5. Export a PowerApps
When you are first starting off, you may have built a development Office 365 tenant that gives you the ability to develop your apps in a controlled area without the risk of interfering with live data.
Once you have built you PowerApp in your development tenant it is also possible to export your PowerApp and import it into your production Office 365 tenant.
To do this simply go to the PowerApps portal in your development Office365 tenant, then click on “Apps” on the left hand side, find your app in the list of apps, click the more options three dots, then click “Export Package” at the bottom of the drop down. (as shown below)
The next page will ask you to provide a name and other basic information for your PowerApp package. You will the click on Export at the bottom right of the screen.
Once you have your PowerApp zip file downloaded ensure it is saved in a safe location. You do not need to unzip the file, ensure it stays zipped in the original way it was downloaded.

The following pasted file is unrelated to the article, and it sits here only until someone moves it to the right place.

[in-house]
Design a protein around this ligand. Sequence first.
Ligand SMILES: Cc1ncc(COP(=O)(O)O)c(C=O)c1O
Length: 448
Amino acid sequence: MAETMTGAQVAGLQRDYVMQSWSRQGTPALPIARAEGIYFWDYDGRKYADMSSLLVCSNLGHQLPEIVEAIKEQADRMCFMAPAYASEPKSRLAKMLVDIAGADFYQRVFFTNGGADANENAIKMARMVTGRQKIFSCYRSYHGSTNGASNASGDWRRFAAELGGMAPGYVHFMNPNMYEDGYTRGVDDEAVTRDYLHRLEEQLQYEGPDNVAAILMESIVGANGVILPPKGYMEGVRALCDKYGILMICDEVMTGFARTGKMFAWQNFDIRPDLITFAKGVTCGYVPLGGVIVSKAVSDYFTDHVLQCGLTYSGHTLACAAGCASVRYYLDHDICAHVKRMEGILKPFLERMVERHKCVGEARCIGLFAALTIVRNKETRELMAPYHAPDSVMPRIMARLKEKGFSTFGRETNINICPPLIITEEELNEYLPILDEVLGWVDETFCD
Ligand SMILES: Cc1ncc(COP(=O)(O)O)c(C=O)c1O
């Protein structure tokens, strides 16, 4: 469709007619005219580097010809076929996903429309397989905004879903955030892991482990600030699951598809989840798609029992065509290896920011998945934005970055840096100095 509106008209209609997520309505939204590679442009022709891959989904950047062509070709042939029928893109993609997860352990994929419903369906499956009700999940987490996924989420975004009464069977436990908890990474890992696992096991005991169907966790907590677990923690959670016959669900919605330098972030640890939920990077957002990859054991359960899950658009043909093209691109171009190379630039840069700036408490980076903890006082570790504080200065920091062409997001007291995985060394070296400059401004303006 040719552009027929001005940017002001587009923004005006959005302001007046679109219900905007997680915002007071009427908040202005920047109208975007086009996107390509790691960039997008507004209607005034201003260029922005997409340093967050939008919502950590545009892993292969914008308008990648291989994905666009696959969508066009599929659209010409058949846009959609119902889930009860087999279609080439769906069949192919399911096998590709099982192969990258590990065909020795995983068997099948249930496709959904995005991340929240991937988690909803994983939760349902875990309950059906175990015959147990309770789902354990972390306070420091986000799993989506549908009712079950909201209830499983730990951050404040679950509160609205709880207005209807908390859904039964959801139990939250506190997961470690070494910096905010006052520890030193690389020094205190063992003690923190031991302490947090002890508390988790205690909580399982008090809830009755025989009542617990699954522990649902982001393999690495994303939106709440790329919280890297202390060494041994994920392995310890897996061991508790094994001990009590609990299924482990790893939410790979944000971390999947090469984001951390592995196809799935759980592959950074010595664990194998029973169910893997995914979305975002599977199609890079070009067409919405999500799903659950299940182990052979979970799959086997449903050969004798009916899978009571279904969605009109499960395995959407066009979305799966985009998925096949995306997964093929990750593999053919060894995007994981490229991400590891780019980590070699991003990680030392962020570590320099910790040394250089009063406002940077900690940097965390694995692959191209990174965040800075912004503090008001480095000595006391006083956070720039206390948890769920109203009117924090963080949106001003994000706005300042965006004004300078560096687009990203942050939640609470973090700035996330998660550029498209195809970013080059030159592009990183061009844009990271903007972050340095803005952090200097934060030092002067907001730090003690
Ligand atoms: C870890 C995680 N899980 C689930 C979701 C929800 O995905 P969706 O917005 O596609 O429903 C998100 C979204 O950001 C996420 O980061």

Then navigate to your PowerApps portal in your production Office 365 tenant. Click on “Apps” on the left-hand side, then click “Import canvas app” on the top bar.
The next screen will ask you to upload your zip file. Ensure you upload the originally downloaded file that has not been extracted etc.
Remember to change the import type from “Update” to “Create as new” the first time you upload your app. In the future you can use the “Update” feature to roll out updates to your PowerApp from the app in your development environment using the exact same method.
Once you have ensured all the connections are correct click the “Import” button at the bottom right of the screen. This will complete the import process of your new application.
I hope you found these five tips useful to help you get started using Microsoft PowerApps. If you have any questions or would like to discuss getting support with an upcoming PowerApps project, please do not hesitate to contact me.